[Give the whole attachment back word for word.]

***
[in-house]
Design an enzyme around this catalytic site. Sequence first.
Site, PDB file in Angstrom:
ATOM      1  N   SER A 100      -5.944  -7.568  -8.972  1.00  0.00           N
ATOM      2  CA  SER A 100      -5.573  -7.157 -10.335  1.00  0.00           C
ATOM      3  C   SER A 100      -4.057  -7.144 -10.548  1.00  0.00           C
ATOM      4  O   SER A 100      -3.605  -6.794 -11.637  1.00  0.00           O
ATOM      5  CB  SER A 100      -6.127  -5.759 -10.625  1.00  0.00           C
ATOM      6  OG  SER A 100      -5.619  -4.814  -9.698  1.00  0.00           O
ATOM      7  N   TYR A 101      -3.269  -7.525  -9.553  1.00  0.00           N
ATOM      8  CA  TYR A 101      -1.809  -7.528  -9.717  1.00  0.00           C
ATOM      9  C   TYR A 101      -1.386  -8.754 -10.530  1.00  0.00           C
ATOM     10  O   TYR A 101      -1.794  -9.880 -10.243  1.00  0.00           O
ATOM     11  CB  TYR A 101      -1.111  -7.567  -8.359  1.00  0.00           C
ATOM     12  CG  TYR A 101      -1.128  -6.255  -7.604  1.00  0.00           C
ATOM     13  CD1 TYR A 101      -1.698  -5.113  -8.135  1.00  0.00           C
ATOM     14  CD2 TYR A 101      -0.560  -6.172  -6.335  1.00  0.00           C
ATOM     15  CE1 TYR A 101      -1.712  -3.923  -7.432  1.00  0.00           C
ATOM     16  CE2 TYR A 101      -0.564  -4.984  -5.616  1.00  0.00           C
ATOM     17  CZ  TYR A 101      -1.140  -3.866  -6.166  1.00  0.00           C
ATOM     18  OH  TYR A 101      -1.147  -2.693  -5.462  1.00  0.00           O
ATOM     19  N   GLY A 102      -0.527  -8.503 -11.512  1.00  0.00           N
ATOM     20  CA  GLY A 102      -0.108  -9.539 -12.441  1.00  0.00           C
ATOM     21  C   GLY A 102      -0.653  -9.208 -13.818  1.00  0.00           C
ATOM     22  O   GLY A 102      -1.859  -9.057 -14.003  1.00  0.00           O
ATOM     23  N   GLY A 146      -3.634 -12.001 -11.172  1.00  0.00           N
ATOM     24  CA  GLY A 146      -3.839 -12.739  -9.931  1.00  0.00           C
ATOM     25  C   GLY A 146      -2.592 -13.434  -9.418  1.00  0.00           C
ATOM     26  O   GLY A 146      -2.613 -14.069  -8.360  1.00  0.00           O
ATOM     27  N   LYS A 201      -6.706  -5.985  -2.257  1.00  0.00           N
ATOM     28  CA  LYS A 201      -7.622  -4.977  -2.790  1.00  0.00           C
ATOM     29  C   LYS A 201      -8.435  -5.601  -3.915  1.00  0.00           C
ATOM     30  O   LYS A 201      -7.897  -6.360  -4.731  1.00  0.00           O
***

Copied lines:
[in-house]
Design an enzyme around this catalytic site. Sequence first.
Site, PDB file in Angstrom:
ATOM      1  N   SER A 100      -5.944  -7.568  -8.972  1.00  0.00           N
ATOM      2  CA  SER A 100      -5.573  -7.157 -10.335  1.00  0.00           C
ATOM      3  C   SER A 100      -4.057  -7.144 -10.548  1.00  0.00           C
ATOM      4  O   SER A 100      -3.605  -6.794 -11.637  1.00  0.00           O
ATOM      5  CB  SER A 100      -6.127  -5.759 -10.625  1.00  0.00           C
ATOM      6  OG  SER A 100      -5.619  -4.814  -9.698  1.00  0.00           O
ATOM      7  N   TYR A 101      -3.269  -7.525  -9.553  1.00  0.00           N
ATOM      8  CA  TYR A 101      -1.809  -7.528  -9.717  1.00  0.00           C
ATOM      9  C   TYR A 101      -1.386  -8.754 -10.530  1.00  0.00           C
ATOM     10  O   TYR A 101      -1.794  -9.880 -10.243  1.00  0.00           O
ATOM     11  CB  TYR A 101      -1.111  -7.567  -8.359  1.00  0.00           C
ATOM     12  CG  TYR A 101      -1.128  -6.255  -7.604  1.00  0.00           C
ATOM     13  CD1 TYR A 101      -1.698  -5.113  -8.135  1.00  0.00           C
ATOM     14  CD2 TYR A 101      -0.560  -6.172  -6.335  1.00  0.00           C
ATOM     15  CE1 TYR A 101      -1.712  -3.923  -7.432  1.00  0.00           C
ATOM     16  CE2 TYR A 101      -0.564  -4.984  -5.616  1.00  0.00           C
ATOM     17  CZ  TYR A 101      -1.140  -3.866  -6.166  1.00  0.00           C
ATOM     18  OH  TYR A 101      -1.147  -2.693  -5.462  1.00  0.00           O
ATOM     19  N   GLY A 102      -0.527  -8.503 -11.512  1.00  0.00           N
ATOM     20  CA  GLY A 102      -0.108  -9.539 -12.441  1.00  0.00           C
ATOM     21  C   GLY A 102      -0.653  -9.208 -13.818  1.00  0.00           C
ATOM     22  O   GLY A 102      -1.859  -9.057 -14.003  1.00  0.00           O
ATOM     23  N   GLY A 146      -3.634 -12.001 -11.172  1.00  0.00           N
ATOM     24  CA  GLY A 146      -3.839 -12.739  -9.931  1.00  0.00           C
ATOM     25  C   GLY A 146      -2.592 -13.434  -9.418  1.00  0.00           C
ATOM     26  O   GLY A 146      -2.613 -14.069  -8.360  1.00  0.00           O
ATOM     27  N   LYS A 201      -6.706  -5.985  -2.257  1.00  0.00           N
ATOM     28  CA  LYS A 201      -7.622  -4.977  -2.790  1.00  0.00           C
ATOM     29  C   LYS A 201      -8.435  -5.601  -3.915  1.00  0.00           C
ATOM     30  O   LYS A 201      -7.897  -6.360  -4.731  1.00  0.00           O